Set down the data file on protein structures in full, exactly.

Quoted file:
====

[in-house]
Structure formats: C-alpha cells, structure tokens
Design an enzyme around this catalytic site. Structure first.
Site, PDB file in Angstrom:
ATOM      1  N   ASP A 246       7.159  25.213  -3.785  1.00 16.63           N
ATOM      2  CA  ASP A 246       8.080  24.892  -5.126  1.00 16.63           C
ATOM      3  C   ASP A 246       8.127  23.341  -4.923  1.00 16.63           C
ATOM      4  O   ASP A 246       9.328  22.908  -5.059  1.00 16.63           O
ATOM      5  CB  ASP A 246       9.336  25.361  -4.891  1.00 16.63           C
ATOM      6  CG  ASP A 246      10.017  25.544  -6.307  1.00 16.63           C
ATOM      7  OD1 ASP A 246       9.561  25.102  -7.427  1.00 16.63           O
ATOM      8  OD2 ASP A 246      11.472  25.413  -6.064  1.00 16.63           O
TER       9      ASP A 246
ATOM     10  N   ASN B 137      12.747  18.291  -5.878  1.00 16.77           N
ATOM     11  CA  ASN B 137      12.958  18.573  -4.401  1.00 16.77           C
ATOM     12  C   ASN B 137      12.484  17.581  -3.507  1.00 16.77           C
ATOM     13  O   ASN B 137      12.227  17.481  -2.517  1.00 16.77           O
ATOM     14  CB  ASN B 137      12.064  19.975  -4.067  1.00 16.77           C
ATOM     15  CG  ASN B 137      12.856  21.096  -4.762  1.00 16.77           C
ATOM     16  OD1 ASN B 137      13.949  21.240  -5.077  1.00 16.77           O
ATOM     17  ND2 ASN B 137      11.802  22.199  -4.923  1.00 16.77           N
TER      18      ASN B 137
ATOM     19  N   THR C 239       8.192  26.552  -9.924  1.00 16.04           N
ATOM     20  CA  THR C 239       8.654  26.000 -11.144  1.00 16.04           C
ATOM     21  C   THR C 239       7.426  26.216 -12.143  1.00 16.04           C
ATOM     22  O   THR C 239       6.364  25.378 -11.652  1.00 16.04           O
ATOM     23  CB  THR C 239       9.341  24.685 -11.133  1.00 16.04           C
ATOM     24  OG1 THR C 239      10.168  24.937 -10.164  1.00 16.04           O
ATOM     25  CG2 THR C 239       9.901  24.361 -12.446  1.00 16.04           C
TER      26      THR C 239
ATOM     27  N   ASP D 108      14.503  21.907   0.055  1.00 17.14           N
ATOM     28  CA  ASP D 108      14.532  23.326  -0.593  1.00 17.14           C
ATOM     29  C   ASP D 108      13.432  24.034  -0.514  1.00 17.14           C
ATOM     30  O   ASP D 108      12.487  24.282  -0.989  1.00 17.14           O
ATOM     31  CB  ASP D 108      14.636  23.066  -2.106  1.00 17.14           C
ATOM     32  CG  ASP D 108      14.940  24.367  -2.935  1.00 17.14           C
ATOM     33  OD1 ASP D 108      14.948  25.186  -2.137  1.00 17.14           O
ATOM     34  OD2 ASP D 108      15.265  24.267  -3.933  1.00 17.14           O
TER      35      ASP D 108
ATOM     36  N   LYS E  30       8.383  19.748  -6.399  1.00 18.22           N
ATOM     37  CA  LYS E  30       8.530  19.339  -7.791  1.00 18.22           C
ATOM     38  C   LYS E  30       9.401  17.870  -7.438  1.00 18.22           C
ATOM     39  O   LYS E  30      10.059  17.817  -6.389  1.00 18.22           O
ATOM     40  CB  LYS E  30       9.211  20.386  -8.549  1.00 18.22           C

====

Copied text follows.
[in-house]
Structure formats: C-alpha cells, structure tokens
Design an enzyme around this catalytic site. Structure first.
Site, PDB file in Angstrom:
ATOM      1  N   ASP A 246       7.159  25.213  -3.785  1.00 16.63           N
ATOM      2  CA  ASP A 246       8.080  24.892  -5.126  1.00 16.63           C
ATOM      3  C   ASP A 246       8.127  23.341  -4.923  1.00 16.63           C
ATOM      4  O   ASP A 246       9.328  22.908  -5.059  1.00 16.63           O
ATOM      5  CB  ASP A 246       9.336  25.361  -4.891  1.00 16.63           C
ATOM      6  CG  ASP A 246      10.017  25.544  -6.307  1.00 16.63           C
ATOM      7  OD1 ASP A 246       9.561  25.102  -7.427  1.00 16.63           O
ATOM      8  OD2 ASP A 246      11.472  25.413  -6.064  1.00 16.63           O
TER       9      ASP A 246
ATOM     10  N   ASN B 137      12.747  18.291  -5.878  1.00 16.77           N
ATOM     11  CA  ASN B 137      12.958  18.573  -4.401  1.00 16.77           C
ATOM     12  C   ASN B 137      12.484  17.581  -3.507  1.00 16.77           C
ATOM     13  O   ASN B 137      12.227  17.481  -2.517  1.00 16.77           O
ATOM     14  CB  ASN B 137      12.064  19.975  -4.067  1.00 16.77           C
ATOM     15  CG  ASN B 137      12.856  21.096  -4.762  1.00 16.77           C
ATOM     16  OD1 ASN B 137      13.949  21.240  -5.077  1.00 16.77           O
ATOM     17  ND2 ASN B 137      11.802  22.199  -4.923  1.00 16.77           N
TER      18      ASN B 137
ATOM     19  N   THR C 239       8.192  26.552  -9.924  1.00 16.04           N
ATOM     20  CA  THR C 239       8.654  26.000 -11.144  1.00 16.04           C
ATOM     21  C   THR C 239       7.426  26.216 -12.143  1.00 16.04           C
ATOM     22  O   THR C 239       6.364  25.378 -11.652  1.00 16.04           O
ATOM     23  CB  THR C 239       9.341  24.685 -11.133  1.00 16.04           C
ATOM     24  OG1 THR C 239      10.168  24.937 -10.164  1.00 16.04           O
ATOM     25  CG2 THR C 239       9.901  24.361 -12.446  1.00 16.04           C
TER      26      THR C 239
ATOM     27  N   ASP D 108      14.503  21.907   0.055  1.00 17.14           N
ATOM     28  CA  ASP D 108      14.532  23.326  -0.593  1.00 17.14           C
ATOM     29  C   ASP D 108      13.432  24.034  -0.514  1.00 17.14           C
ATOM     30  O   ASP D 108      12.487  24.282  -0.989  1.00 17.14           O
ATOM     31  CB  ASP D 108      14.636  23.066  -2.106  1.00 17.14           C
ATOM     32  CG  ASP D 108      14.940  24.367  -2.935  1.00 17.14           C
ATOM     33  OD1 ASP D 108      14.948  25.186  -2.137  1.00 17.14           O
ATOM     34  OD2 ASP D 108      15.265  24.267  -3.933  1.00 17.14           O
TER      35      ASP D 108
ATOM     36  N   LYS E  30       8.383  19.748  -6.399  1.00 18.22           N
ATOM     37  CA  LYS E  30       8.530  19.339  -7.791  1.00 18.22           C
ATOM     38  C   LYS E  30       9.401  17.870  -7.438  1.00 18.22           C
ATOM     39  O   LYS E  30      10.059  17.817  -6.389  1.00 18.22           O
ATOM     40  CB  LYS E  30       9.211  20.386  -8.549  1.00 18.22           C